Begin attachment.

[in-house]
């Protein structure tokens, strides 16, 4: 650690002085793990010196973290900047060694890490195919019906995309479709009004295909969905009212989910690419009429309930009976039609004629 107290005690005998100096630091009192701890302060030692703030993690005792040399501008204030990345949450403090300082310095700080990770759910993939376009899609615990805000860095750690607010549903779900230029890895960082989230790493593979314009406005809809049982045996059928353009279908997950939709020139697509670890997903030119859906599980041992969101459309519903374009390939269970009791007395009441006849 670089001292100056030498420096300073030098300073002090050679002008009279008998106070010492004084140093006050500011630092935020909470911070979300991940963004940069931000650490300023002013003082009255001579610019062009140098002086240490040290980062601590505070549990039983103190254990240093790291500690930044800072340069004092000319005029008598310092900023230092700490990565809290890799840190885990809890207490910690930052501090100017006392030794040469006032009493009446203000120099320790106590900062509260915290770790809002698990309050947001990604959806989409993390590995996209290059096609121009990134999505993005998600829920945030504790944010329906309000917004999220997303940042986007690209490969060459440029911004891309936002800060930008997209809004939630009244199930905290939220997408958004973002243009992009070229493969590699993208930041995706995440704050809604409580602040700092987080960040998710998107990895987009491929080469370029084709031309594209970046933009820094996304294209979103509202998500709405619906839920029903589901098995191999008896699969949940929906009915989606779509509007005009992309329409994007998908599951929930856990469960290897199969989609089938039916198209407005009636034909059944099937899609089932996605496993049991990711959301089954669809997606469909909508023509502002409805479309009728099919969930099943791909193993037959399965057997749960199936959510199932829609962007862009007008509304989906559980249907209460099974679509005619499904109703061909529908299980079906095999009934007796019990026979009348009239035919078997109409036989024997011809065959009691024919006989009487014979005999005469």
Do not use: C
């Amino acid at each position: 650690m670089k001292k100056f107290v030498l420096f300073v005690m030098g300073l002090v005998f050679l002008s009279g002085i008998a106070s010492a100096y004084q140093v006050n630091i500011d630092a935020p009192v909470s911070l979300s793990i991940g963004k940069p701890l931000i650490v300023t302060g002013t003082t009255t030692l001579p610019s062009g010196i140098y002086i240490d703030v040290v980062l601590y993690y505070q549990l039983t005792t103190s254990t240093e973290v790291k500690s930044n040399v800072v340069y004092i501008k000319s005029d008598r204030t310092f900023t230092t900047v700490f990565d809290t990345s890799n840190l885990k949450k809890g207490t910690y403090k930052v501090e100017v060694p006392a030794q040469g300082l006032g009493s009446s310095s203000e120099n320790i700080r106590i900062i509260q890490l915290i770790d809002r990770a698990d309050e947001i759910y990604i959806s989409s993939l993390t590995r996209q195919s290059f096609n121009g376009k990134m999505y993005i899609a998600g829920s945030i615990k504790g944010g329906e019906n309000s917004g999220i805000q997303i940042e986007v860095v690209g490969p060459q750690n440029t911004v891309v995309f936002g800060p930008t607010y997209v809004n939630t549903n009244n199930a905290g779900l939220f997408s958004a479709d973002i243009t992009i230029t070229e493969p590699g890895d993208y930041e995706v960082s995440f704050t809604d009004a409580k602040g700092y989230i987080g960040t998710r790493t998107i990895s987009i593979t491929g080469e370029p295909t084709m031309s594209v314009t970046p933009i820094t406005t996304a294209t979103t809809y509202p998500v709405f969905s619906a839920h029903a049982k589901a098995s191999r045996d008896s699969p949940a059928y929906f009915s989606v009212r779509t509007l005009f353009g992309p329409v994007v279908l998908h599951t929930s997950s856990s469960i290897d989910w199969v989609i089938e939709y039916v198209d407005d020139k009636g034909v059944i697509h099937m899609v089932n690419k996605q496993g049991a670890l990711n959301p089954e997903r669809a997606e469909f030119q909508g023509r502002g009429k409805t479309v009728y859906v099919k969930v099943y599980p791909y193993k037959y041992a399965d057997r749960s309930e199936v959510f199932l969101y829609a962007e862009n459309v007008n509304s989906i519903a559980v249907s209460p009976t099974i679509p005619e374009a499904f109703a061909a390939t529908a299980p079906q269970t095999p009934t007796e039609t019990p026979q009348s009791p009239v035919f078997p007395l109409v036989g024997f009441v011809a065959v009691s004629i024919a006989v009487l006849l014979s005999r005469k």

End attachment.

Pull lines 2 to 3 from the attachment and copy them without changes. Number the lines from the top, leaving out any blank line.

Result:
């Protein structure tokens, strides 16, 4: 650690002085793990010196973290900047060694890490195919019906995309479709009004295909969905009212989910690419009429309930009976039609004629 107290005690005998100096630091009192701890302060030692703030993690005792040399501008204030990345949450403090300082310095700080990770759910993939376009899609615990805000860095750690607010549903779900230029890895960082989230790493593979314009406005809809049982045996059928353009279908997950939709020139697509670890997903030119859906599980041992969101459309519903374009390939269970009791007395009441006849 670089001292100056030498420096300073030098300073002090050679002008009279008998106070010492004084140093006050500011630092935020909470911070979300991940963004940069931000650490300023002013003082009255001579610019062009140098002086240490040290980062601590505070549990039983103190254990240093790291500690930044800072340069004092000319005029008598310092900023230092700490990565809290890799840190885990809890207490910690930052501090100017006392030794040469006032009493009446203000120099320790106590900062509260915290770790809002698990309050947001990604959806989409993390590995996209290059096609121009990134999505993005998600829920945030504790944010329906309000917004999220997303940042986007690209490969060459440029911004891309936002800060930008997209809004939630009244199930905290939220997408958004973002243009992009070229493969590699993208930041995706995440704050809604409580602040700092987080960040998710998107990895987009491929080469370029084709031309594209970046933009820094996304294209979103509202998500709405619906839920029903589901098995191999008896699969949940929906009915989606779509509007005009992309329409994007998908599951929930856990469960290897199969989609089938039916198209407005009636034909059944099937899609089932996605496993049991990711959301089954669809997606469909909508023509502002409805479309009728099919969930099943791909193993037959399965057997749960199936959510199932829609962007862009007008509304989906559980249907209460099974679509005619499904109703061909529908299980079906095999009934007796019990026979009348009239035919078997109409036989024997011809065959009691024919006989009487014979005999005469």
Do not use: C